κάραβος

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Ancient Greek[edit]

Etymology[edit]

Origin unclear; the irregular suffix and phonetics suggest a Pre-Greek (Mediterranean,[1] Ancient Macedonian,[2] or Semitic[3]) loan. Also see Latin scarabaeus, carabus; Arabic عَقْرَب (ʿaqrab) and قَارِب (qārib).

Pronunciation[edit]

 
  • (5th BCE Attic) IPA(key): /kǎː.ra.bos/
  • (1st CE Egyptian) IPA(key): /ˈka.ra.bos/
  • (4th CE Koine) IPA(key): /ˈka.ra.βos/
  • (10th CE Byzantine) IPA(key): /ˈka.ra.vos/
  • (15th CE Constantinopolitan) IPA(key): /ˈka.ra.vos/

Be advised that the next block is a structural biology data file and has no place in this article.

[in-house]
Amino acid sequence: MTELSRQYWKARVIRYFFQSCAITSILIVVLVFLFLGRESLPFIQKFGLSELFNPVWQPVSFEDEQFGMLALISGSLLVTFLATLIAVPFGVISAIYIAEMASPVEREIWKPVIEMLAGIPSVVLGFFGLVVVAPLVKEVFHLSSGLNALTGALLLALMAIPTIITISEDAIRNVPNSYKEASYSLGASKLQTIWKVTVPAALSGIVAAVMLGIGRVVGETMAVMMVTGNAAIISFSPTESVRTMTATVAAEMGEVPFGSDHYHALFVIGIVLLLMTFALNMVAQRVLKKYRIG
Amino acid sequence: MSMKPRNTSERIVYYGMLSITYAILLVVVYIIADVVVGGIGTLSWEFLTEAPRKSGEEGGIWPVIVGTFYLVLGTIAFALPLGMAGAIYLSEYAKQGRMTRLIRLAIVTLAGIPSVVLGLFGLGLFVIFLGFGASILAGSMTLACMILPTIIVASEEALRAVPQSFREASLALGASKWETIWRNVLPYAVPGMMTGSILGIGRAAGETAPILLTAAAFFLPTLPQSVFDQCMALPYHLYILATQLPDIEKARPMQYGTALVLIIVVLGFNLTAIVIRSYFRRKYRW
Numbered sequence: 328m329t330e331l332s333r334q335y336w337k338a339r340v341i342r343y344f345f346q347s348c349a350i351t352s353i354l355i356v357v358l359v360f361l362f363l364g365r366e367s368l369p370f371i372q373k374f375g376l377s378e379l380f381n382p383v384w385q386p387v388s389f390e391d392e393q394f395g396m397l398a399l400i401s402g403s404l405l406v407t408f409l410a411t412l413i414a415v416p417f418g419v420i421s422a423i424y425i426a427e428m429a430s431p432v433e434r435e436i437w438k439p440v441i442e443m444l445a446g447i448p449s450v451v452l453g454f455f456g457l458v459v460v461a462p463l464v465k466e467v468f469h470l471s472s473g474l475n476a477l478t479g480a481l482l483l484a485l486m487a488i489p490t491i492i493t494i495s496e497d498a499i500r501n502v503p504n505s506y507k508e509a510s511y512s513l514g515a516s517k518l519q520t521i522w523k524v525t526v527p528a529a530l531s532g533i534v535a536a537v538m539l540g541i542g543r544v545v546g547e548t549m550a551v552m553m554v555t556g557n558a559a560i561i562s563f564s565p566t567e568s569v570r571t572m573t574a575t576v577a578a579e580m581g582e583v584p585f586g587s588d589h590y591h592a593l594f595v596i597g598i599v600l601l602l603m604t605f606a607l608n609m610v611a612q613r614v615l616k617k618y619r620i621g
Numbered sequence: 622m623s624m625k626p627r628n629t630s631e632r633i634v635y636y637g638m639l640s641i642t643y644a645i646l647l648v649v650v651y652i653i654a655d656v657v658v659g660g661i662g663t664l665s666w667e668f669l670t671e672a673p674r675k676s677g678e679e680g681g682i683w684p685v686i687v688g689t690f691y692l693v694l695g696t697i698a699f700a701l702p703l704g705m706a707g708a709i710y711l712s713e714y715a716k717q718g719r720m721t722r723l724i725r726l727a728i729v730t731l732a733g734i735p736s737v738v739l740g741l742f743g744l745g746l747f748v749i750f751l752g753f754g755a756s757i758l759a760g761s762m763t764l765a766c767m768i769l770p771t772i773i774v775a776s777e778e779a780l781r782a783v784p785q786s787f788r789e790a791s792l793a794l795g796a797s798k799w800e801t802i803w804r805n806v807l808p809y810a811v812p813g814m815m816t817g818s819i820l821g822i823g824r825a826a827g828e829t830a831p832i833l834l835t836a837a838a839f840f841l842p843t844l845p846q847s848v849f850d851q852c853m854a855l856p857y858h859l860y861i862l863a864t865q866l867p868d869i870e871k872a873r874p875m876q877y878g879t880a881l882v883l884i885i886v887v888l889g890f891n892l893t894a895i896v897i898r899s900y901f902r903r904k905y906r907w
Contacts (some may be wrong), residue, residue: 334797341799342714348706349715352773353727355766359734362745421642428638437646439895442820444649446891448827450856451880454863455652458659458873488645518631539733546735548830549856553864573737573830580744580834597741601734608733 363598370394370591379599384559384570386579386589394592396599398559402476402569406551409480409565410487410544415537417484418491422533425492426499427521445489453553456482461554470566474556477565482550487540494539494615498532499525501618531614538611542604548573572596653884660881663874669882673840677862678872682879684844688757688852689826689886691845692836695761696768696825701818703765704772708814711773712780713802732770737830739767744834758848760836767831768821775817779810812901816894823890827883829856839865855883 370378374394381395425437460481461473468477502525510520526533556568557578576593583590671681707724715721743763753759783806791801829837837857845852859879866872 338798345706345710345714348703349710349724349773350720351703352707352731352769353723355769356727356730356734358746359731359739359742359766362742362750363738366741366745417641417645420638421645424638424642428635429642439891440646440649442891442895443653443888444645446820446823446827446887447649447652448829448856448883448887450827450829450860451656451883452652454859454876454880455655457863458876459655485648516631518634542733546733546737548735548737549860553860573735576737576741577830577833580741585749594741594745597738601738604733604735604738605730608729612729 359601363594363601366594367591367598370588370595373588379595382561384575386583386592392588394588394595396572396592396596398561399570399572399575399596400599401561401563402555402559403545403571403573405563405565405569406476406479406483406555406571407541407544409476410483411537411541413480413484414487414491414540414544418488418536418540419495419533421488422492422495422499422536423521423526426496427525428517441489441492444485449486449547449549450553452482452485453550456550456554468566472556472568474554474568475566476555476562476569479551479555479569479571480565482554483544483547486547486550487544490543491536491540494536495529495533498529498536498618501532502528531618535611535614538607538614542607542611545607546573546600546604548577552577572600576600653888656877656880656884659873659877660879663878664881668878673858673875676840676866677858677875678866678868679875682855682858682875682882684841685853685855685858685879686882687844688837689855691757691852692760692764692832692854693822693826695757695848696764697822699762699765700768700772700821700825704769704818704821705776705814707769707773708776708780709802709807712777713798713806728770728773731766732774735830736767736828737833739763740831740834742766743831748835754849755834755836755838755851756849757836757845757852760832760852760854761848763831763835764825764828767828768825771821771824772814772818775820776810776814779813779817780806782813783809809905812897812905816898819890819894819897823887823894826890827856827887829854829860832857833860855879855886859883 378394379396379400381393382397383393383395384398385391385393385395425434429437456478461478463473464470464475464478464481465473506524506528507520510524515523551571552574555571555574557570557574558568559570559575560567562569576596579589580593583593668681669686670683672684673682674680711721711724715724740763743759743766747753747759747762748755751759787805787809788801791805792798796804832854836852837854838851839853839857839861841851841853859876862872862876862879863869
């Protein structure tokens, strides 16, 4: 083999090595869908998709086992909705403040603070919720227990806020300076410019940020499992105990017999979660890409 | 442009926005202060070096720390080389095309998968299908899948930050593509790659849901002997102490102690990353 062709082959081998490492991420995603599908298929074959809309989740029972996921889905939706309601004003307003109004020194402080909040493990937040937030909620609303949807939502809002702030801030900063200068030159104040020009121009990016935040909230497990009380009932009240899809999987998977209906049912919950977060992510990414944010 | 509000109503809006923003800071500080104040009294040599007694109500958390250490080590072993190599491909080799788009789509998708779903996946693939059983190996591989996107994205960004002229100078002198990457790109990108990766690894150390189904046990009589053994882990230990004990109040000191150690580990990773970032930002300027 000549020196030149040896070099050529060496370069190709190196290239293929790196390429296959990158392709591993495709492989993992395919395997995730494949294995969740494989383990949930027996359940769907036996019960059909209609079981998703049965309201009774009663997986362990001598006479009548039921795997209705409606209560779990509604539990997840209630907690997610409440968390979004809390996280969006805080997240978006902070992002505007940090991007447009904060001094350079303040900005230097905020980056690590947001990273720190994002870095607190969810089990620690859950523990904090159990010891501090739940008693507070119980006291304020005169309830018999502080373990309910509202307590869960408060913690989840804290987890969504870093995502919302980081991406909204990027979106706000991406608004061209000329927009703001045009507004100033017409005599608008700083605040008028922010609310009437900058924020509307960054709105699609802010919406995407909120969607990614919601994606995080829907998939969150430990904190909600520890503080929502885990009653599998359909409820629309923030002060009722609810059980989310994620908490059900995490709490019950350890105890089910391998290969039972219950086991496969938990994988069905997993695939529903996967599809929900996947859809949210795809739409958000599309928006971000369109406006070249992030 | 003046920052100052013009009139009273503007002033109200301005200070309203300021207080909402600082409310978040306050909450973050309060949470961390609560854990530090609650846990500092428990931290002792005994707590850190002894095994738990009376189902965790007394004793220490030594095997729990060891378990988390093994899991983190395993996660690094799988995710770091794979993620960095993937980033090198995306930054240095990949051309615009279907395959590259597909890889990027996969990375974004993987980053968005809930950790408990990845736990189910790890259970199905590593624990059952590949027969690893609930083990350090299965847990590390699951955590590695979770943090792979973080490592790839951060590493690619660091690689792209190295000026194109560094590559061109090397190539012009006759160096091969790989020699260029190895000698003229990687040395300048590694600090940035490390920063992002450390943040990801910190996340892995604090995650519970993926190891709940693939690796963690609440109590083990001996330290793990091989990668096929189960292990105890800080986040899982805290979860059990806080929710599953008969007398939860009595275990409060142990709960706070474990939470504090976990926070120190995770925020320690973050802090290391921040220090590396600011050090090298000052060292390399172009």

• Noun[edit]

    κᾱ́ρᾰβος (kā́rabosm (genitive κᾱρᾰ́βου); second declension

    1. a kind of beetle, probably a longhorn beetle
    2. a kind of crustacean, probably a crayfish
    3. a small boat

    Inflection[edit]

    References[edit]

    1. ^ Robert S. P. Beekes, Greek etymological dictionary
    2. ^ Klein, Dr. Ernest, A Comprehensive Etymological Dictionary of the English Language,
    3. ^ “Proto-Semitic root: *ʕaḳrab-; Number 2340” in Georgiy Starostin, Tower of Babel, Copyright 1998-2003 by S. Starostin.